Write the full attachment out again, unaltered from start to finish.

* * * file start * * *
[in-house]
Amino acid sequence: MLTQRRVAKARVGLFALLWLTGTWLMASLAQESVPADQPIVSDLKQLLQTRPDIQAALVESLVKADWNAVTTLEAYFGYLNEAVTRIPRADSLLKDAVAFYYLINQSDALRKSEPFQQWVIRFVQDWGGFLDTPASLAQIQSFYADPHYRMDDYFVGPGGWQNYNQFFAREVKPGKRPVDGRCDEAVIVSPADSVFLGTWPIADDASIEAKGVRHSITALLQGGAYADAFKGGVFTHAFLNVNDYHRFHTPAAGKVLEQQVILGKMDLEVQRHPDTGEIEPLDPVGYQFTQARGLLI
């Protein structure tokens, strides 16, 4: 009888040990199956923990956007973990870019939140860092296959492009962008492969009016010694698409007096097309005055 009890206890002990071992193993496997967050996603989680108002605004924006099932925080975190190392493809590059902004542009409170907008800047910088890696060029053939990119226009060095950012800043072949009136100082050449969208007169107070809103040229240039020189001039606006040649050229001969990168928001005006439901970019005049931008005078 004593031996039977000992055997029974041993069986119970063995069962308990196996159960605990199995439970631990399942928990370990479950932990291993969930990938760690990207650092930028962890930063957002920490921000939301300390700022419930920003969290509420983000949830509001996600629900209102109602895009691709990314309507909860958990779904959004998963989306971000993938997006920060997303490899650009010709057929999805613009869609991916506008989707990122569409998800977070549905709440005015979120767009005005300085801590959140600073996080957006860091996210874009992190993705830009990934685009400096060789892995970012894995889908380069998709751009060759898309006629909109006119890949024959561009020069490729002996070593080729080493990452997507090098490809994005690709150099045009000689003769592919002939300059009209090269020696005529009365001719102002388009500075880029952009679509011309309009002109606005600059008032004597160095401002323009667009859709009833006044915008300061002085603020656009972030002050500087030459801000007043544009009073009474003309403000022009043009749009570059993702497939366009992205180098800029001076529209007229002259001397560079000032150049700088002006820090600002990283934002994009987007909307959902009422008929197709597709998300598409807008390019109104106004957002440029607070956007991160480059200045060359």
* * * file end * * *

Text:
[in-house]
Amino acid sequence: MLTQRRVAKARVGLFALLWLTGTWLMASLAQESVPADQPIVSDLKQLLQTRPDIQAALVESLVKADWNAVTTLEAYFGYLNEAVTRIPRADSLLKDAVAFYYLINQSDALRKSEPFQQWVIRFVQDWGGFLDTPASLAQIQSFYADPHYRMDDYFVGPGGWQNYNQFFAREVKPGKRPVDGRCDEAVIVSPADSVFLGTWPIADDASIEAKGVRHSITALLQGGAYADAFKGGVFTHAFLNVNDYHRFHTPAAGKVLEQQVILGKMDLEVQRHPDTGEIEPLDPVGYQFTQARGLLI
């Protein structure tokens, strides 16, 4: 009888040990199956923990956007973990870019939140860092296959492009962008492969009016010694698409007096097309005055 009890206890002990071992193993496997967050996603989680108002605004924006099932925080975190190392493809590059902004542009409170907008800047910088890696060029053939990119226009060095950012800043072949009136100082050449969208007169107070809103040229240039020189001039606006040649050229001969990168928001005006439901970019005049931008005078 004593031996039977000992055997029974041993069986119970063995069962308990196996159960605990199995439970631990399942928990370990479950932990291993969930990938760690990207650092930028962890930063957002920490921000939301300390700022419930920003969290509420983000949830509001996600629900209102109602895009691709990314309507909860958990779904959004998963989306971000993938997006920060997303490899650009010709057929999805613009869609991916506008989707990122569409998800977070549905709440005015979120767009005005300085801590959140600073996080957006860091996210874009992190993705830009990934685009400096060789892995970012894995889908380069998709751009060759898309006629909109006119890949024959561009020069490729002996070593080729080493990452997507090098490809994005690709150099045009000689003769592919002939300059009209090269020696005529009365001719102002388009500075880029952009679509011309309009002109606005600059008032004597160095401002323009667009859709009833006044915008300061002085603020656009972030002050500087030459801000007043544009009073009474003309403000022009043009749009570059993702497939366009992205180098800029001076529209007229002259001397560079000032150049700088002006820090600002990283934002994009987007909307959902009422008929197709597709998300598409807008390019109104106004957002440029607070956007991160480059200045060359």